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Found 9 results

  1. With this MOC I wanted to create the feeling of a working class area in Sweden during the 70s/80s. The car is a Volvo 242 DL from 1975. Hope you like it!
  2. Hello all! I am the General Moe, and i create stop motion films. My first taste of Lego Brickfilms came in 2007, when the Lego page featured some stop motions in the star wars section. I was hooked! An Average Death Star Day was my favourite by far, and i have a love for the Brickfilms of the past. So i decided to create a series that harkens back to the classic age of lego stop motions! I deliberately recreated the style of the old films. This involved lowering the frame rate and camera quality. A plain and consistent lighting was used, with the occasional flicker and set mistake. The parts and figures used were all kept pre-2007, and the sets were built in the simple, straight forward style of the early brick films. Most importantly, the practical effects! People were very limited back them, so i imposed those limitations on myself as well. I hope you enjoy theses films and bring back the memories of the time spent on the Lego Star Wars homepage!
  3. I was watching some old Lego Star Wars set reviews and it made me nostalgic about how I first saw Lego Star Wars sets when I was 8 or 9 years old. I've had Lego at that point, but my parents couldn't afford licensed sets since they were new and expensive. It was Naboo Starfighter, the set I wanted for months and couldn't get. I still remember how my mother told me that I will grow up, start working and get all those for myself. I'm 26 years old now and it happened just like she said. You might laugh but this made me kinda emotional as well. It is wonderful (and scary) how time flies by. Just felt like sharing my story, some of you might find it unrelatable but I hope some felt like I do. :) Have a great day. (Please move the topic if I created it on wrong forum, I wasn't sure where to put it)
  4. Recently I have been thinking about why Lego is so popular as a brand. It has so many themes and licenses underneath its belt. It lead me to wonder why is the theme so popular? Now many can say that it is because of the "nostalgia" of being a kid, and remembering of more simple times. It could also be because of the licenses that it holds, and what memories they hold for more adult fans. The simplicity could be another aspect that people enjoy, and the amount of imaginative play and experience that it holds for the people. Now these days though, it seems video games are where children attention is going to. Minecraft possibly being the largest of these, think about it though. A parent can buy their child Minecraft for around $23. This would give the child unlimited play, and best of all the parents save money. Why should a parent buy their kid a toy that they will forget about in a week, when the child can create their own world in their computers. It the begs another question. Where is the future of this beloved toy? It seems as though the adult market for these toys is increasing and could potentially dominate the market, taking kids over. Then eventually the adults will start to "go", and that leaves the company in a weird position. Do you see Lego declining in 10, 20, or even 50 years? Hopefully I can get some good responses out of this and just see, what makes the toy so great and where it will go in the future.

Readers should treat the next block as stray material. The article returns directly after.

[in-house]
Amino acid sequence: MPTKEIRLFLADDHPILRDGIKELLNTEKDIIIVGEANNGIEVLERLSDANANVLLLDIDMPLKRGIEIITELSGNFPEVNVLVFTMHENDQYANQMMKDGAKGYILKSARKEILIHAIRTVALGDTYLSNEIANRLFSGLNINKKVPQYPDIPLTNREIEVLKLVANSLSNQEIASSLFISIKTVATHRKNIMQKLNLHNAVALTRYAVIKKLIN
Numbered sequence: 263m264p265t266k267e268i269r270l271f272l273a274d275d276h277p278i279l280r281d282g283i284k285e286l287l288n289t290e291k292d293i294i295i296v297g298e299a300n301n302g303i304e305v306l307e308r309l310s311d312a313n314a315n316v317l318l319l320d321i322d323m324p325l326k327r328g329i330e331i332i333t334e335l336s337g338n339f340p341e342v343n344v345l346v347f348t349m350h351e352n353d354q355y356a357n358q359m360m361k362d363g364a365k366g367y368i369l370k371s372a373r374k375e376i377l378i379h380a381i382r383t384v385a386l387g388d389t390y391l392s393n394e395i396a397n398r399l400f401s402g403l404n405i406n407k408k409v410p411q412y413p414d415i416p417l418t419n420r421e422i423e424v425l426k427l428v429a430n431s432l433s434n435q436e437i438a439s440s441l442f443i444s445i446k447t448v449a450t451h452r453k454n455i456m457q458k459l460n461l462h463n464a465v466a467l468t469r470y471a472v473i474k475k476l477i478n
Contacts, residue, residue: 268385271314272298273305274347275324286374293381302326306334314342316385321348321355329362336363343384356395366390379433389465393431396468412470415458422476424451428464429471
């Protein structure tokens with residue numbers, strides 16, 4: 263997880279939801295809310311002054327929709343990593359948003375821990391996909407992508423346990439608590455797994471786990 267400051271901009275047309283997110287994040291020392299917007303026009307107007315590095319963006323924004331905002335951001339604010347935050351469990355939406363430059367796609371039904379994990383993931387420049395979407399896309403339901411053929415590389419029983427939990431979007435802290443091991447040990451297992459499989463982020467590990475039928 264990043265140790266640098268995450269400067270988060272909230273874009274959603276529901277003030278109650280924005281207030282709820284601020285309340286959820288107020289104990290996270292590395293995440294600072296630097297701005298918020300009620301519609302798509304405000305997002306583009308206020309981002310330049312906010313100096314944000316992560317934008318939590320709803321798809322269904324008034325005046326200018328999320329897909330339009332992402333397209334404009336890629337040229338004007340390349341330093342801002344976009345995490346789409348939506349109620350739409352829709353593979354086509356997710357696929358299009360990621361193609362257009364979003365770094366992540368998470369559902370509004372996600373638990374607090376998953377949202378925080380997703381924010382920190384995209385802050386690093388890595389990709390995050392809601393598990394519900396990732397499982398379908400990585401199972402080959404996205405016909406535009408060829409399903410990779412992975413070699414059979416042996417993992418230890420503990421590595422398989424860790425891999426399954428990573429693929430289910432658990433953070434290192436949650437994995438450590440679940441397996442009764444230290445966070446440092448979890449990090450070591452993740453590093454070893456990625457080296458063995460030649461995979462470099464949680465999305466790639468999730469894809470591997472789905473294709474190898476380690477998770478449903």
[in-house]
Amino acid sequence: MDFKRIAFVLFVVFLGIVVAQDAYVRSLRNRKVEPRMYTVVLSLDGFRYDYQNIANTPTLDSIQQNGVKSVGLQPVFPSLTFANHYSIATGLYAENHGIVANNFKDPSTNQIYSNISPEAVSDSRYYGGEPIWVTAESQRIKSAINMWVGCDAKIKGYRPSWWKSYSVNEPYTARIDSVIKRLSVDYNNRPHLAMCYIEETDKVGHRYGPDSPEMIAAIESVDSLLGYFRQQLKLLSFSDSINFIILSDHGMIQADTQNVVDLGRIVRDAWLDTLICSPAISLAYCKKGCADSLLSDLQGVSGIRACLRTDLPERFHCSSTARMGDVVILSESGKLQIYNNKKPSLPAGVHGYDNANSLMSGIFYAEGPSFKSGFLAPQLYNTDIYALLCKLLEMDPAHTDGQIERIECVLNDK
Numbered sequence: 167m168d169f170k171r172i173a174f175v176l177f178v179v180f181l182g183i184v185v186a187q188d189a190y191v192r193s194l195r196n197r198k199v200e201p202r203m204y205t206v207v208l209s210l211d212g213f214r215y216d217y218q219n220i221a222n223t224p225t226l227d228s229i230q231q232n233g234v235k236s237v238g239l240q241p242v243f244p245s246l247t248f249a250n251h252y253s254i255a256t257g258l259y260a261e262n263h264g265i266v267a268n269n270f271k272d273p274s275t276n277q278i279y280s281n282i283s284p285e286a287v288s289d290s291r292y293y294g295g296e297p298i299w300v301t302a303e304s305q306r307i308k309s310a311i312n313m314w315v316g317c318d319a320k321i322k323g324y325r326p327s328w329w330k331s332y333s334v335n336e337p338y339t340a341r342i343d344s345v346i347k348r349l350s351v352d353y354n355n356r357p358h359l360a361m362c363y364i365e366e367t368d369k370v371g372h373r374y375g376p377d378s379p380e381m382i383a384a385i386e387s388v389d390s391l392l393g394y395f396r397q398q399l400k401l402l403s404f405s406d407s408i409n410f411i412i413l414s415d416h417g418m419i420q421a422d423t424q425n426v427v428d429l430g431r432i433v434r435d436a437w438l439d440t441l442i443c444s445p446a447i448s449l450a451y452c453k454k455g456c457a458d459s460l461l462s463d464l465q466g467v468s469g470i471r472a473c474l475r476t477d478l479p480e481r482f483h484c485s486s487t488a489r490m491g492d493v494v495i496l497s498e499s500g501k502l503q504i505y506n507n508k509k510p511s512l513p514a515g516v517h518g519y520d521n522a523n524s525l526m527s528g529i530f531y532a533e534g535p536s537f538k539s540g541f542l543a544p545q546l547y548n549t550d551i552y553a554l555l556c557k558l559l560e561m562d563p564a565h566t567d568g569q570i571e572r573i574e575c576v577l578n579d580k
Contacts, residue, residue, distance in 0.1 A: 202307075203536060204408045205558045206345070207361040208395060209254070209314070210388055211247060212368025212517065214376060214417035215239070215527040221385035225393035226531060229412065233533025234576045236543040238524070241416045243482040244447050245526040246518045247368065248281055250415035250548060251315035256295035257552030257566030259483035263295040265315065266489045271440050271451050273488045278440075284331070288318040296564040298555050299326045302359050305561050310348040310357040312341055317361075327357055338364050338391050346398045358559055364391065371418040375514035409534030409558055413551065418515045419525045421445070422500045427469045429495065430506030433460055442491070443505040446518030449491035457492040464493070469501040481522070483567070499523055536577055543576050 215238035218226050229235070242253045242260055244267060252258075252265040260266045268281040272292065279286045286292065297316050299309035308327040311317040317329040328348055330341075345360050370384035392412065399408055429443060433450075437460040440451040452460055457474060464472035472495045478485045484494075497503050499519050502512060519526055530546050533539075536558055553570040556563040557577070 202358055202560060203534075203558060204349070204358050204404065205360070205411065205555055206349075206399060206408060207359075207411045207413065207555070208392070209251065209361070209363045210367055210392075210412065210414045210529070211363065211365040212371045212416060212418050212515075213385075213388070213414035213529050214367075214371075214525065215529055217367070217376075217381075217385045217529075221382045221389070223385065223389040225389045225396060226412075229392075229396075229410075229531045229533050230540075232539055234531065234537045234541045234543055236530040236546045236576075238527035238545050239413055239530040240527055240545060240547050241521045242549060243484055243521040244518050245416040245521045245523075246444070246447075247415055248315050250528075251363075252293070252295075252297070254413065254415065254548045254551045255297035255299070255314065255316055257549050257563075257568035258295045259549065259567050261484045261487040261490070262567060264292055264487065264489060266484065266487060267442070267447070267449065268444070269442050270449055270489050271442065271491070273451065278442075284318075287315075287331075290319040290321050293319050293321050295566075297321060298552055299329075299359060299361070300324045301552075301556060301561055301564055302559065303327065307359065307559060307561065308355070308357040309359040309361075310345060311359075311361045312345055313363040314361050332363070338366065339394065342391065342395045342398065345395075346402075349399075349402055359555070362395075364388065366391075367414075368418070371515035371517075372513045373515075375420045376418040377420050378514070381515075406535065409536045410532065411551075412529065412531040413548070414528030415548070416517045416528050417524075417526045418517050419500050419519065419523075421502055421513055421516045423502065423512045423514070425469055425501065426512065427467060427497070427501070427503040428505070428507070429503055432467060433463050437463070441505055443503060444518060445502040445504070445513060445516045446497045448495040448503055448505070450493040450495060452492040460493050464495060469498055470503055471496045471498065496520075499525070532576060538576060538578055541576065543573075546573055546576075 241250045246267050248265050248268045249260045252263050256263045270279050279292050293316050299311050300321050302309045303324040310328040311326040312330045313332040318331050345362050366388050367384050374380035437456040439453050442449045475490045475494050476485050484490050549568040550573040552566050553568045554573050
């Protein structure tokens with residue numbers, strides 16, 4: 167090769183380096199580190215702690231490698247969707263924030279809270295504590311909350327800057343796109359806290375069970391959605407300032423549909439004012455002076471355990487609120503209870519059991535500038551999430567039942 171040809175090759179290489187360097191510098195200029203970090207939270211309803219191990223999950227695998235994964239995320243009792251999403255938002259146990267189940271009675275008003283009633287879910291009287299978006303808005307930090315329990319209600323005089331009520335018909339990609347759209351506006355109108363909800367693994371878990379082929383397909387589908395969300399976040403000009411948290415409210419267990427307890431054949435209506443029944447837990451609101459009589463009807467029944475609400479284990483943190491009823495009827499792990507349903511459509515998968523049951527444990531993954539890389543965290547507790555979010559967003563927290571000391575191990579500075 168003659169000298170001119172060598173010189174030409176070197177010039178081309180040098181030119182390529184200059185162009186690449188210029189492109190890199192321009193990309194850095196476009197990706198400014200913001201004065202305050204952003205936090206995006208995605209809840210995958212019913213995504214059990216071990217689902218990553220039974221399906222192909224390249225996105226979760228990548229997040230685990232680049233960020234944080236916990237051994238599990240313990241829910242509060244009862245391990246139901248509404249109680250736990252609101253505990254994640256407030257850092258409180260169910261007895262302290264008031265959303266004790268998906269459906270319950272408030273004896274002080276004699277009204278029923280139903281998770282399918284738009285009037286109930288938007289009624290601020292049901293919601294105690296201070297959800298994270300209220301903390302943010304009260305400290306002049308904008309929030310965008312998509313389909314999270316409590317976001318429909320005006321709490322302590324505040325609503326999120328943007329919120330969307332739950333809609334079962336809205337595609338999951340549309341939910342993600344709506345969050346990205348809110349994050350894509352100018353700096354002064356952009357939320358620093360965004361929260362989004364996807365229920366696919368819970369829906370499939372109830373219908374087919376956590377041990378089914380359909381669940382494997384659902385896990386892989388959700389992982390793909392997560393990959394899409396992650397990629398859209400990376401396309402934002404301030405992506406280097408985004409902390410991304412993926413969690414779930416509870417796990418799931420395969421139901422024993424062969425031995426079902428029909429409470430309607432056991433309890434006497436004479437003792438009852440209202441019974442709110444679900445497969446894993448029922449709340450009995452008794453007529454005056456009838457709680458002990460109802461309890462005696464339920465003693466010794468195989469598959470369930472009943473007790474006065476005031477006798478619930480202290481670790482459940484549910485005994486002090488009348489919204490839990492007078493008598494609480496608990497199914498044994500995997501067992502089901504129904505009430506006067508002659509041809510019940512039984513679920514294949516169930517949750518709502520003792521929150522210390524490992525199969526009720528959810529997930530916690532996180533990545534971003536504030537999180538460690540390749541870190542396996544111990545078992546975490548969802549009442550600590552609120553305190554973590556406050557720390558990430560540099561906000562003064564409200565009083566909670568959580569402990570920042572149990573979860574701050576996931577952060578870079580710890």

5. Chilly_Productions

    What Was Your First LEGO Set?

    My first LEGO set was 7993: Service Station from the LEGO City theme. http://brickset.com/...Service-Station It is quite nostalgic for me, as I got for Christmas in 2007. I don't like LEGO City that much any more, unfortunately. What was your first LEGO set?.
  6. i remember my very first technic build, it was 9395....i remember being stunned at the amount of parts! i emptied the bags into the empty box and being shell shocked at how many parts there were and wondering how the hell i was going to put this thing together! no joke, it took me 24 hours to build that set, constantly looking at the instructions, measuring the axles and beams, checking pin placement etc. now over 2 years later i find myself building sets at lightning pace!...i can take a quick glance at the building step and can find the axle or beam no problem without checking anything, i know the parts now...i know what a 1x11 beam looks like, the position of the holes, the length of axle etc. in many ways it seems i now build TOO fast!, the build buzz does not last as long :-( in some ways i like to revert to those innocent days, how about you guys?